OTTAWA, Ohio -- Kenneth Richey spent two decades on Ohio's death row after his conviction for setting a fire that killed a 2-year-old girl. Now, less than four years after he was freed, he is charged with threatening a judge.
Kenneth Richey, 47, now of Tupelo, Miss., will be back in court to face felony charges of retaliation and violating a protection order for allegedly making a threatening phone call to a judge.
"On New Year's Eve day he made a phone call, left a message -- I can't give you the direct quote -- but it was directed toward the judge," Randall Basinger, a Common Pleas Judge, said Putnam, Ohio, County Sheriff James Beutler.
Clerk of Courts Teresa Lammers said the message was left on her office phone and she immediately played it for the judge and alerted the prosecutor.
The sheriff's office along with the FBI and Tupelo, Miss., police investigated the incident, which led to Richey's indictment Jan. 13 by a Putnam County grand jury and his arrest in Tupelo on Tuesday. He is being held without bond in the Lee County jail in Tupelo.
Richey had been prohibited by a court order from contacting Basinger and 20 other individuals associated with his case in some way over the years.
A civil protection order imposed with the 2008 plea agreement that led to his freedom that year stated that Richey, who had been diagnosed with anti-social personality disorder, had made repeated threats over 21 years, including a threat to "cut the throat" of Basinger, who was an assistant county prosecutor when the case began in 1986.
The judge could not be reached for comment Thursday.
In 2008, a federal appeals court overturned Richey's conviction for aggravated murder in the 1986 death of Columbus Grove, Ohio girl Cynthia Collins. After finding problems with the arson evidence that led to his 1987 conviction and death sentence, the court ordered a new trial in Putnam County.
Rather than go to trial, Richey pleaded no contest and was convicted of attempted involuntary manslaughter, child endangerment, and breaking and entering. He was sentenced to 21 years in prison and given credit for time served.
A dual U.S. and Scottish citizen, Richey initially returned to his native Scotland but soon got into scrapes with the law there.
Ken Parsigian, the Boston attorney who worked to overturn Richey's conviction, said he has been in contact with his former client three to four times a year since his release. He's offered legal advice but has not represented Richey since 2008 and has not been asked to represent him in his latest troubles.
"I've tried to help him find work," he said. "As I told him, a job gives structure to a life. I went to a lot of effort to help him find work. I got other people involved. But it's hard for anybody to find work these days. He had limited skills. He'd been in jail for the better part of his adult life."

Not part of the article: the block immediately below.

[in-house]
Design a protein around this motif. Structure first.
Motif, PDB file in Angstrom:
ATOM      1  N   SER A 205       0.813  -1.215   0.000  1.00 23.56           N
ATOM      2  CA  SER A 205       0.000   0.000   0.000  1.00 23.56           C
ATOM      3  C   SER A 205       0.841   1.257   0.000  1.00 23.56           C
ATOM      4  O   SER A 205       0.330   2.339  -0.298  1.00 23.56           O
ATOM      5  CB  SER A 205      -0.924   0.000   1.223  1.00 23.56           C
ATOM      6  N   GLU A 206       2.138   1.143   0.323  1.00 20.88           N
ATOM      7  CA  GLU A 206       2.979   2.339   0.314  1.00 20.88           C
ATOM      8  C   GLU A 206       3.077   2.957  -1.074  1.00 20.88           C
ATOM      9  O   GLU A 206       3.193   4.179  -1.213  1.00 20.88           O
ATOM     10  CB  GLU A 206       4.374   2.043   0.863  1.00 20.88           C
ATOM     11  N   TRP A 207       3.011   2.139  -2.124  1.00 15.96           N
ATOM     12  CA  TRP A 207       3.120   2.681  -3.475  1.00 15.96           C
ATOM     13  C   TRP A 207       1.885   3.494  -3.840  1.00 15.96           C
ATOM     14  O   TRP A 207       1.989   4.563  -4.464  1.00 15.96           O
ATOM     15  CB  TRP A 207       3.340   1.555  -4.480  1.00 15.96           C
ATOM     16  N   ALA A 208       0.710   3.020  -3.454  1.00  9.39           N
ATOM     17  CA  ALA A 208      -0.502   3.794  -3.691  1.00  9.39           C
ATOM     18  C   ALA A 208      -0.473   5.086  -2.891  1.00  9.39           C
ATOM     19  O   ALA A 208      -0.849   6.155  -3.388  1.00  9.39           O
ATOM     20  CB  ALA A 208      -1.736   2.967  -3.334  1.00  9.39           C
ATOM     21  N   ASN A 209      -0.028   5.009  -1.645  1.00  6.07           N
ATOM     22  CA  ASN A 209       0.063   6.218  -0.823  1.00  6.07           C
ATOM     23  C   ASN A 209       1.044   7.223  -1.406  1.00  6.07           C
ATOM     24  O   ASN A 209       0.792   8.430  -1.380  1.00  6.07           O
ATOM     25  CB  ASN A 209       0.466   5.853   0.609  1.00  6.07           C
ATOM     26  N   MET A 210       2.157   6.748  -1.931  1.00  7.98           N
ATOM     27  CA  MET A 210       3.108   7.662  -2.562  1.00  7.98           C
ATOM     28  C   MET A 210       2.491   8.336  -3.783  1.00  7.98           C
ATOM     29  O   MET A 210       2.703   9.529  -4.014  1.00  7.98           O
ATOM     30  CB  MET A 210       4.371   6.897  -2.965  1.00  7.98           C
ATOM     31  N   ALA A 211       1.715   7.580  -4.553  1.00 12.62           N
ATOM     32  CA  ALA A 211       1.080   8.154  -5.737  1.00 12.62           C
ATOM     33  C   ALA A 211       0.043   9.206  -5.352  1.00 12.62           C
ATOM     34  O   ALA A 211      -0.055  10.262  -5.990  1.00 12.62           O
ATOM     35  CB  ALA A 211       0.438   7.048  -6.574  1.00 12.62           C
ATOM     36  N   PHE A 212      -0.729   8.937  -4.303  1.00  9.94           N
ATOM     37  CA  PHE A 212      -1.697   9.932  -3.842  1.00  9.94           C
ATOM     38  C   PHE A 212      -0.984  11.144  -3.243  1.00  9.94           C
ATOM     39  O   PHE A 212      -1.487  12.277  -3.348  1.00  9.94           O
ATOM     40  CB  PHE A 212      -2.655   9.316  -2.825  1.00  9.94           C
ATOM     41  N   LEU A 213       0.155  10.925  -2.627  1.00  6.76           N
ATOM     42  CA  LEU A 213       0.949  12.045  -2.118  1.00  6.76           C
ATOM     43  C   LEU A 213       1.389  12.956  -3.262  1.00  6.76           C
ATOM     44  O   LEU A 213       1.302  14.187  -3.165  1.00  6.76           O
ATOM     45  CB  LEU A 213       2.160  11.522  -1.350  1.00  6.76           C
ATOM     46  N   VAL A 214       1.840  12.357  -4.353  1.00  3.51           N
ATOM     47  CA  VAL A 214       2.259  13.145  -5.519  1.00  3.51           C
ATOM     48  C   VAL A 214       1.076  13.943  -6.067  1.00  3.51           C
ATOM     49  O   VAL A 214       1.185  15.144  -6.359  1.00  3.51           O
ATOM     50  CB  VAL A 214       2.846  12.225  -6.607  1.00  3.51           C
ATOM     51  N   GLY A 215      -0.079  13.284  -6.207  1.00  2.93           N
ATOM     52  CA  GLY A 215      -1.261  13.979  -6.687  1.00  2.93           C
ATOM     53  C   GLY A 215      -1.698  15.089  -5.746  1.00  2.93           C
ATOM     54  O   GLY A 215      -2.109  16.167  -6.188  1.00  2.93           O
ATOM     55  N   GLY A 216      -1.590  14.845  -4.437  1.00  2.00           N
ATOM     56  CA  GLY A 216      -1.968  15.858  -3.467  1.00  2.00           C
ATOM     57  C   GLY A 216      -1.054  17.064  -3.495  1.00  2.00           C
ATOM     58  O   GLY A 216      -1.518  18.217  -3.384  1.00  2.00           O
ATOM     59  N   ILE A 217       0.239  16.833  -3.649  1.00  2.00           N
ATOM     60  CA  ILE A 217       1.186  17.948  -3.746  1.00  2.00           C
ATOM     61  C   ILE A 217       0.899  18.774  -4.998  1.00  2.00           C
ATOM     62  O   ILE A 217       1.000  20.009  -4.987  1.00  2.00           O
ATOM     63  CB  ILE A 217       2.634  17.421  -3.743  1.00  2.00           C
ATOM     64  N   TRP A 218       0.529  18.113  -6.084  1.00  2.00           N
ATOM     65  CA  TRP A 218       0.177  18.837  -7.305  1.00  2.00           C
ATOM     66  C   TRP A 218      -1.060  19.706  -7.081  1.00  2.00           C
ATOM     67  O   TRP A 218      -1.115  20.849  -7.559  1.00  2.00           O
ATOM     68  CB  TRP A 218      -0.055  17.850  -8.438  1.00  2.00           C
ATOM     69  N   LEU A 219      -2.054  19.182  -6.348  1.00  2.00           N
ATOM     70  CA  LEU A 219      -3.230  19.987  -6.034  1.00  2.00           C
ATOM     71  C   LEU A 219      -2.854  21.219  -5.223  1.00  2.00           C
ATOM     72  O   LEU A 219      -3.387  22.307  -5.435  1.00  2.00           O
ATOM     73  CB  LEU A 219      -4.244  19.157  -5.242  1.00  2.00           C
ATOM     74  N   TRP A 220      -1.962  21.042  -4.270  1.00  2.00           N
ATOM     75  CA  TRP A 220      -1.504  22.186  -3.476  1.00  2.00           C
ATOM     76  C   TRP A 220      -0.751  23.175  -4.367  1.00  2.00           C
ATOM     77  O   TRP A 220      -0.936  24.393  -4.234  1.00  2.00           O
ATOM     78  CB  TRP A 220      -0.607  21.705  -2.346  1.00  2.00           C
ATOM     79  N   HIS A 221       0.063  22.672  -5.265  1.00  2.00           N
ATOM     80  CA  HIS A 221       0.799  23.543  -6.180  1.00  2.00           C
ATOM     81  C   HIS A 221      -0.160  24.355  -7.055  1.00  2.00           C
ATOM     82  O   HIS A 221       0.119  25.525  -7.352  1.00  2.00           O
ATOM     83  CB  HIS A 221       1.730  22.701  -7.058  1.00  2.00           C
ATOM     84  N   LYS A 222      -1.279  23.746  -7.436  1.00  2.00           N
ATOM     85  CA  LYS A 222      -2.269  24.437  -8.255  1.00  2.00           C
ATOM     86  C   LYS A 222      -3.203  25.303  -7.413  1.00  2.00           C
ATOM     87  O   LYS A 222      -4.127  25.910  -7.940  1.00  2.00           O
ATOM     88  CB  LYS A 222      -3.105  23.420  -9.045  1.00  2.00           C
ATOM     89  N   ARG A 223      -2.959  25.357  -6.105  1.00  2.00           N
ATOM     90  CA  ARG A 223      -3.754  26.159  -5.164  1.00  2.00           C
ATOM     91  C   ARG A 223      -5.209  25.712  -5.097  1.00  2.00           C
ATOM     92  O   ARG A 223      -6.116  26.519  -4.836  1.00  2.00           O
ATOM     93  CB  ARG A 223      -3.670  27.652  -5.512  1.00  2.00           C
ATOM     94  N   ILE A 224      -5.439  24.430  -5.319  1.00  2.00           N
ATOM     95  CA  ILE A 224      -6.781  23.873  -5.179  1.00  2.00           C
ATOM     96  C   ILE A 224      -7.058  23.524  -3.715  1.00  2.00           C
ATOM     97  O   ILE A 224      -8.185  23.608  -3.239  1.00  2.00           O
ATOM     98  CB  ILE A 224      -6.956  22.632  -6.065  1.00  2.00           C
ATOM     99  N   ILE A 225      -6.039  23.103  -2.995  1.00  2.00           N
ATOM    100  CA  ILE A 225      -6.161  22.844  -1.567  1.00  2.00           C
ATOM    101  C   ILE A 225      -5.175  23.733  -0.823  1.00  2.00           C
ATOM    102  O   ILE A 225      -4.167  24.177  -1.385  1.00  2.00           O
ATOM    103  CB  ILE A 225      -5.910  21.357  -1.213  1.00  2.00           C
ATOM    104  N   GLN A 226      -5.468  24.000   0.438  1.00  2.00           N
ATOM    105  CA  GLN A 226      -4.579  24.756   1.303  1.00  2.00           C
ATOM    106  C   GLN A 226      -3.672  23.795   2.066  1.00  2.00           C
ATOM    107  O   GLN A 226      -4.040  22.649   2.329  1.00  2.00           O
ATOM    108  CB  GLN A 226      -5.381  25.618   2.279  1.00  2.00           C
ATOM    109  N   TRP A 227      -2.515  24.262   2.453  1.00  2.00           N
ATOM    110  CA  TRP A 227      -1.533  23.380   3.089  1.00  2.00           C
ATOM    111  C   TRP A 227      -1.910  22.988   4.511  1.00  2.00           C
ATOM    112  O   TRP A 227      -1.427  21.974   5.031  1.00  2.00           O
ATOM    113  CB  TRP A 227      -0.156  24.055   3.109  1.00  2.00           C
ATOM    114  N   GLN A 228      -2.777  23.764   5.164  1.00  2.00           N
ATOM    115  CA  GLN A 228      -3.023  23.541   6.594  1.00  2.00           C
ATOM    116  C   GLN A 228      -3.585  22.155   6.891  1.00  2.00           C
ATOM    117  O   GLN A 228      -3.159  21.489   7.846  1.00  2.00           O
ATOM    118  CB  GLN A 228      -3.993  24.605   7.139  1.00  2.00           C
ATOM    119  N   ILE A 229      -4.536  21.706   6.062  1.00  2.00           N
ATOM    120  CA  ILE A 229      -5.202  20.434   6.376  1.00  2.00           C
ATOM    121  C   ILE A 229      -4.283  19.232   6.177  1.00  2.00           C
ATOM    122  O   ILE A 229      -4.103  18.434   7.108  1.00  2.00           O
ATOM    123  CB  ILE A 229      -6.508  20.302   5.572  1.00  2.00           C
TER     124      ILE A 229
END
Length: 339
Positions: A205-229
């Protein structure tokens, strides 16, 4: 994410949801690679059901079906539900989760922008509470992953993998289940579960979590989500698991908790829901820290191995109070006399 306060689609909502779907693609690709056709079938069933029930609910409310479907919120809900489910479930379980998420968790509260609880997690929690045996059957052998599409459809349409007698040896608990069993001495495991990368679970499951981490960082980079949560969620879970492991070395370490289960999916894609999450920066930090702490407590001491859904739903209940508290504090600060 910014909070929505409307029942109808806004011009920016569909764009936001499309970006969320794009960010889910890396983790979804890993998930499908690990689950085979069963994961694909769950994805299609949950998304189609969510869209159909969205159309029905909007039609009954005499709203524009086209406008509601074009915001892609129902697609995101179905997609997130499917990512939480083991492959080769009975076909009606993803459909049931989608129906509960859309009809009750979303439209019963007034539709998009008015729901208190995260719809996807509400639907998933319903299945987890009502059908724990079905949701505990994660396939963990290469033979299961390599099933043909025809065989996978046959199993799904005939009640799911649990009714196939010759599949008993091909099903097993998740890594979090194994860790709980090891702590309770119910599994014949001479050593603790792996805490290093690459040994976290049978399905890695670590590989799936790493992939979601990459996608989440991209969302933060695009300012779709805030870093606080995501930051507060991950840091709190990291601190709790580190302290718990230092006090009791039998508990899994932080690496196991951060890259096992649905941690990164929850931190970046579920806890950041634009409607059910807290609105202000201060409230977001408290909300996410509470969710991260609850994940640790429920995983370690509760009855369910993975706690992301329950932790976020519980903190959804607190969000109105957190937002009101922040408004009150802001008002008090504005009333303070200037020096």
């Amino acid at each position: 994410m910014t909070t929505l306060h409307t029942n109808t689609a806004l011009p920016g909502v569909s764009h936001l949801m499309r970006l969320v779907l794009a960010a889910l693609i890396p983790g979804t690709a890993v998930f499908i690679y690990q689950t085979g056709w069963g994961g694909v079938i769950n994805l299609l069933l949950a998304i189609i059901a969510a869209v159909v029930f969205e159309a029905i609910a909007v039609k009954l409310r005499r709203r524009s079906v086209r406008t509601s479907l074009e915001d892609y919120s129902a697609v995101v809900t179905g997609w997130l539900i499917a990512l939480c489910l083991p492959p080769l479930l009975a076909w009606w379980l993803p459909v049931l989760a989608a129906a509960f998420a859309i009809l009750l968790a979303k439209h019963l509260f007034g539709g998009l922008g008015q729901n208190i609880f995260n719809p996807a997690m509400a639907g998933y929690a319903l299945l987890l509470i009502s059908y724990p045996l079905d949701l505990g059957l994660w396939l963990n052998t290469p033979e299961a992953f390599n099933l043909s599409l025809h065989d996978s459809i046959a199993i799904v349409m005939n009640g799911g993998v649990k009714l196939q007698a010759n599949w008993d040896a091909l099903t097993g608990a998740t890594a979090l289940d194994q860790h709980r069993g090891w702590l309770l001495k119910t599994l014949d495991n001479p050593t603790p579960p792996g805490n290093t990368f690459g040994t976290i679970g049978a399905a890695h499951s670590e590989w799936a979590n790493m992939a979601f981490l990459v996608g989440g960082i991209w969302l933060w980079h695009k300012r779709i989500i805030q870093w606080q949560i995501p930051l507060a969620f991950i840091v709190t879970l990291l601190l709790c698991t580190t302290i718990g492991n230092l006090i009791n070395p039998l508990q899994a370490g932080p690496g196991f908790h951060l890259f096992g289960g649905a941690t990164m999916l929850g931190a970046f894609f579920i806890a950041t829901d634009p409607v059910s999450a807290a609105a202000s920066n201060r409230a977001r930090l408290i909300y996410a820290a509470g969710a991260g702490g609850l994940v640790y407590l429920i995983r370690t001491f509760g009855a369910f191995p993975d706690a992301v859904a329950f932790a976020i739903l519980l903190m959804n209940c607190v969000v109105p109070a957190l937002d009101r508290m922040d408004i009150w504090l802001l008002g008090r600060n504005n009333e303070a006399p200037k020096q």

Parsigian said he hopes that Richey will get fair treatment in Putnam County, where many involved in the system are very aware of him.
County Prosecutor Gary Lammers could not be reached Thursday, but Beutler dismissed any suggestion that his county is playing hardball with Richey.
"We're not out to get him. He's the one who initiated the call," the sheriff said. "If he hadn't made the call, we wouldn't have done what we did. ... I don't care who you are. You make calls like that, you're subject to arrest."
Karen Torley of Glasgow, Scotland, who worked for years to bring Richey's death row tenure to the attention of the United Kingdom, said Richey can be his own worst enemy.
"He has had a difficult time adjusting, but Kenny doesn't do himself any favors," she said. "He acts before he thinks. ... He was supposed to be in rehab. He was off drink. He was doing well. ... How many chances has he had?"
Richey returned to a celebrity's welcome and paid media interviews in Edinburgh, Scotland, after his release in 2008, but it wasn't long before he ran into trouble again. He was back behind bars later that year after being accused of assaulting a 63-year-old man. Those charges were dropped.
He later returned to the United States to visit his dying father near Seattle and remained here. He reunited for a time with his ex-wife in Minnesota and was later charged there with assaulting his son with a baseball bat.
Beutler said Minnesota officials have active felony warrants for Richey but have chosen not to extradite him to their state.
"He can be a difficult individual," the sheriff said.
(Contact reporter Jennifer Feehan at email@example.com.)
(Distributed by Scripps Howard News Service, www.scrippsnews.com.)